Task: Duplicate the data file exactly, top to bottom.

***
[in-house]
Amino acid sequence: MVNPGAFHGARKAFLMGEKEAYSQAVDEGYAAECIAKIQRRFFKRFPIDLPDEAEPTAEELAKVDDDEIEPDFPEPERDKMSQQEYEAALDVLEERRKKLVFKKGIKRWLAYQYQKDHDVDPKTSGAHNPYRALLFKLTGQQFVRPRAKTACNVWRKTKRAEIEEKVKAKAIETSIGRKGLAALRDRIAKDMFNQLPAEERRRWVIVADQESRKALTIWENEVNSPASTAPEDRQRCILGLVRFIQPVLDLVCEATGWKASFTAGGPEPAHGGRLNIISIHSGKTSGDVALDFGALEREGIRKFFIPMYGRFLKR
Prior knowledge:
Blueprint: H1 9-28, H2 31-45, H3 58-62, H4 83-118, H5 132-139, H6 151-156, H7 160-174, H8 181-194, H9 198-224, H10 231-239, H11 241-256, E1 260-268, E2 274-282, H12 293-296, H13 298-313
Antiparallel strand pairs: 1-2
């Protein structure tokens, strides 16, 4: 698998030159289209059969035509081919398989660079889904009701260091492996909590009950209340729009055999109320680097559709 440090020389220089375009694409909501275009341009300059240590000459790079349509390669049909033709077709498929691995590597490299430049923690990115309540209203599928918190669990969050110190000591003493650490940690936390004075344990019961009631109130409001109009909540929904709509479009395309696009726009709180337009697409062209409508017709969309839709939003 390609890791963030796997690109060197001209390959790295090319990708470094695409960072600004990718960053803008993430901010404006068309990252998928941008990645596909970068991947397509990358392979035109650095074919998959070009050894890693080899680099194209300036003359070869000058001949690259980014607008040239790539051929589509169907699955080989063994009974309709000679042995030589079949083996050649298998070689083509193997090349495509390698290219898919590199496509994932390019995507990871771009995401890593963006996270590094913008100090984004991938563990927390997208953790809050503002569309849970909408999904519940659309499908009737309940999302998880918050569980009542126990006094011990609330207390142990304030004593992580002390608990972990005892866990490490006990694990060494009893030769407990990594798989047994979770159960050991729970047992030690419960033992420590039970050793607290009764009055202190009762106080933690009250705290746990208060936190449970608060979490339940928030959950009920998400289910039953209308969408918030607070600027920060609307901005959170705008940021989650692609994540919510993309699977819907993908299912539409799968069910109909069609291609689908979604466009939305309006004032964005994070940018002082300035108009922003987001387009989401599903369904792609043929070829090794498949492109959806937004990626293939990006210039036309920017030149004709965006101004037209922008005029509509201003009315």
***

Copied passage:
[in-house]
Amino acid sequence: MVNPGAFHGARKAFLMGEKEAYSQAVDEGYAAECIAKIQRRFFKRFPIDLPDEAEPTAEELAKVDDDEIEPDFPEPERDKMSQQEYEAALDVLEERRKKLVFKKGIKRWLAYQYQKDHDVDPKTSGAHNPYRALLFKLTGQQFVRPRAKTACNVWRKTKRAEIEEKVKAKAIETSIGRKGLAALRDRIAKDMFNQLPAEERRRWVIVADQESRKALTIWENEVNSPASTAPEDRQRCILGLVRFIQPVLDLVCEATGWKASFTAGGPEPAHGGRLNIISIHSGKTSGDVALDFGALEREGIRKFFIPMYGRFLKR
Prior knowledge:
Blueprint: H1 9-28, H2 31-45, H3 58-62, H4 83-118, H5 132-139, H6 151-156, H7 160-174, H8 181-194, H9 198-224, H10 231-239, H11 241-256, E1 260-268, E2 274-282, H12 293-296, H13 298-313
Antiparallel strand pairs: 1-2
């Protein structure tokens, strides 16, 4: 698998030159289209059969035509081919398989660079889904009701260091492996909590009950209340729009055999109320680097559709 440090020389220089375009694409909501275009341009300059240590000459790079349509390669049909033709077709498929691995590597490299430049923690990115309540209203599928918190669990969050110190000591003493650490940690936390004075344990019961009631109130409001109009909540929904709509479009395309696009726009709180337009697409062209409508017709969309839709939003 390609890791963030796997690109060197001209390959790295090319990708470094695409960072600004990718960053803008993430901010404006068309990252998928941008990645596909970068991947397509990358392979035109650095074919998959070009050894890693080899680099194209300036003359070869000058001949690259980014607008040239790539051929589509169907699955080989063994009974309709000679042995030589079949083996050649298998070689083509193997090349495509390698290219898919590199496509994932390019995507990871771009995401890593963006996270590094913008100090984004991938563990927390997208953790809050503002569309849970909408999904519940659309499908009737309940999302998880918050569980009542126990006094011990609330207390142990304030004593992580002390608990972990005892866990490490006990694990060494009893030769407990990594798989047994979770159960050991729970047992030690419960033992420590039970050793607290009764009055202190009762106080933690009250705290746990208060936190449970608060979490339940928030959950009920998400289910039953209308969408918030607070600027920060609307901005959170705008940021989650692609994540919510993309699977819907993908299912539409799968069910109909069609291609689908979604466009939305309006004032964005994070940018002082300035108009922003987001387009989401599903369904792609043929070829090794498949492109959806937004990626293939990006210039036309920017030149004709965006101004037209922008005029509509201003009315």